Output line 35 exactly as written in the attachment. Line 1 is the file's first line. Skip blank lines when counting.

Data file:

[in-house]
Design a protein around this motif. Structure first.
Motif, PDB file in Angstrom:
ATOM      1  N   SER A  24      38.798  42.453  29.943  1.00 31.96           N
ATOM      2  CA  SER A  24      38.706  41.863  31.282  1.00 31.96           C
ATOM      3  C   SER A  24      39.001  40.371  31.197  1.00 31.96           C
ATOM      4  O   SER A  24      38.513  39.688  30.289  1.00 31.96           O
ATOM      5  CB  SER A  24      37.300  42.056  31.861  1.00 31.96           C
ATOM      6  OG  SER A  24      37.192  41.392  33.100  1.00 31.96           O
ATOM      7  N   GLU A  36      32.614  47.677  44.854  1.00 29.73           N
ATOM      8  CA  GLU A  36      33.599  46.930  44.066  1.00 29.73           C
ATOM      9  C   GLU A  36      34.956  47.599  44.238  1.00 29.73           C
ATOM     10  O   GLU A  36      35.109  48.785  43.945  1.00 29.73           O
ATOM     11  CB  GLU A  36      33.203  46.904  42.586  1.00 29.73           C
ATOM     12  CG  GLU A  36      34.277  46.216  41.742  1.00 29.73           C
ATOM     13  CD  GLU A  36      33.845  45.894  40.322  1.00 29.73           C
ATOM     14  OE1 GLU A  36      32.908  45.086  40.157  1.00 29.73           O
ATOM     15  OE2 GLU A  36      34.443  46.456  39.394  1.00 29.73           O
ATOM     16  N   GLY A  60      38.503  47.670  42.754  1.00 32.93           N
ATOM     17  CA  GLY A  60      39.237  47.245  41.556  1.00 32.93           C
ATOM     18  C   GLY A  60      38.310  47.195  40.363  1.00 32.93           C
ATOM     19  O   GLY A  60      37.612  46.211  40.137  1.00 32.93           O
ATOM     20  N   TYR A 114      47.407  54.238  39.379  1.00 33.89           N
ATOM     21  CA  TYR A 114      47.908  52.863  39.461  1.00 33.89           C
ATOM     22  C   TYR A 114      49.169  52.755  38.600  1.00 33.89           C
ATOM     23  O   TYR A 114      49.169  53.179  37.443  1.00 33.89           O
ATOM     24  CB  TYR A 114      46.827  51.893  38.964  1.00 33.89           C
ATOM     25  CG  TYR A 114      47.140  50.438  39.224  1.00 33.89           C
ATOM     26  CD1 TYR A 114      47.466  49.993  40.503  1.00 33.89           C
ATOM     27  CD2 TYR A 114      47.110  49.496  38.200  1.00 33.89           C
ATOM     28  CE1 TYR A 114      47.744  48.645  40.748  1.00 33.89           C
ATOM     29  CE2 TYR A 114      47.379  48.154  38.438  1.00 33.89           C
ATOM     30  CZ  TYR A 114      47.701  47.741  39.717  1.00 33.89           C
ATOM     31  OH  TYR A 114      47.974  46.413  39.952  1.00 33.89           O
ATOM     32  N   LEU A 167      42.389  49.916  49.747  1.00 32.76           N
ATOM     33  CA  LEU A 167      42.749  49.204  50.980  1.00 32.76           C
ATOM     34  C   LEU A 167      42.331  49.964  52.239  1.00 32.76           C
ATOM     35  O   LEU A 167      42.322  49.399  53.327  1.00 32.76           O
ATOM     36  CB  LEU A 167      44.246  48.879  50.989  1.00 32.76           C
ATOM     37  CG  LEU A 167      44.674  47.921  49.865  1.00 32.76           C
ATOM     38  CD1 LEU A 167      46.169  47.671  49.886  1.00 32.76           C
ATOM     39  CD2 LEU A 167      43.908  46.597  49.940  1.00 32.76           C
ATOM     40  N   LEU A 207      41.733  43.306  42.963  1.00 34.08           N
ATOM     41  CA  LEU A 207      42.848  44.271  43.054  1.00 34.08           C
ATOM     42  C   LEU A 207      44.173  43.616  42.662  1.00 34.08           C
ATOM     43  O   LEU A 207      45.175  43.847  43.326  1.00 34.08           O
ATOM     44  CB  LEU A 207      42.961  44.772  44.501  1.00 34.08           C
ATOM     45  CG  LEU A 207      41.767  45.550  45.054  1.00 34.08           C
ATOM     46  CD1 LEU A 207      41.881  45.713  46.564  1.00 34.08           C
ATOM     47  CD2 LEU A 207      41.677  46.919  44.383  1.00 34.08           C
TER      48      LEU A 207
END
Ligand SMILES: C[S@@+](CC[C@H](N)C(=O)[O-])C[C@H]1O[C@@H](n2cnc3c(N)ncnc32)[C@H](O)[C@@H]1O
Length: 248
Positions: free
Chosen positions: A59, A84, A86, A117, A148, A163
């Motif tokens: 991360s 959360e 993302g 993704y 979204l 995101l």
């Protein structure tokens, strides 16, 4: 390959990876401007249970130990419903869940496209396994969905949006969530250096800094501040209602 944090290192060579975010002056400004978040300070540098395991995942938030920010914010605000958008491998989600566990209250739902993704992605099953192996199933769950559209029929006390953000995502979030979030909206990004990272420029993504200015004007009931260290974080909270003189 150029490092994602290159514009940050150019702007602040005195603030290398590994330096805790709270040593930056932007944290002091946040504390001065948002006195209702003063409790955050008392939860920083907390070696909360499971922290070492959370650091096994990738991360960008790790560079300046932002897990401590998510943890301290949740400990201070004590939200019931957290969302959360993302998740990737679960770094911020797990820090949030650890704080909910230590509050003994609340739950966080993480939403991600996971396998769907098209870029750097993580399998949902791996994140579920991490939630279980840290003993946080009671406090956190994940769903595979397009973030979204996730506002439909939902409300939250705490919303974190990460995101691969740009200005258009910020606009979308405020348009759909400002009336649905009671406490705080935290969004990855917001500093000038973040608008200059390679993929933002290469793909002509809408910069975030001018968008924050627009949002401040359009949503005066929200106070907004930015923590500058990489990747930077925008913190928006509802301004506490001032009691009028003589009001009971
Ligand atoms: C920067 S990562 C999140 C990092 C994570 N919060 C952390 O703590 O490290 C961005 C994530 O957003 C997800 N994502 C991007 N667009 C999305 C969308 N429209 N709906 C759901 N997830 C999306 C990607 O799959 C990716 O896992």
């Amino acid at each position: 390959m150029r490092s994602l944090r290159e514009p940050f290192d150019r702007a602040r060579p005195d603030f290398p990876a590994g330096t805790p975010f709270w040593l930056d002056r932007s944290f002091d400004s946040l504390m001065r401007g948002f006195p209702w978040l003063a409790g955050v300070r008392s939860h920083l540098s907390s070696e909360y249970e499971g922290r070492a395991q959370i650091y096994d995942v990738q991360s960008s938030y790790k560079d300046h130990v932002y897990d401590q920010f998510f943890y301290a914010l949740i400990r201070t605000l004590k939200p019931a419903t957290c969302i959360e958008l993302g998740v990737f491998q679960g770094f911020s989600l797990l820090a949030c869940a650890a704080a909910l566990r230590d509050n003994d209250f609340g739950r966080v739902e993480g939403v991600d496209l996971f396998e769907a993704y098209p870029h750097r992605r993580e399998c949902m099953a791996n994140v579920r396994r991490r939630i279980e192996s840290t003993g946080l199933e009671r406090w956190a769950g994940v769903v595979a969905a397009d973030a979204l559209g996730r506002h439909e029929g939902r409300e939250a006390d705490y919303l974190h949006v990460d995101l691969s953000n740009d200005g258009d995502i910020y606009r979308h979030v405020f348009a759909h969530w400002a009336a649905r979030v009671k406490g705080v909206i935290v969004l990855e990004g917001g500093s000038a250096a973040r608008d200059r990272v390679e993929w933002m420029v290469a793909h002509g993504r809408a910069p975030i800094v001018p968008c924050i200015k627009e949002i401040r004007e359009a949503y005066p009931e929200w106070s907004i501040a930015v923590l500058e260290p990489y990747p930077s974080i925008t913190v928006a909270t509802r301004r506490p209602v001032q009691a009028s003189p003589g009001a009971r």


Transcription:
ATOM     32  N   LEU A 167      42.389  49.916  49.747  1.00 32.76           N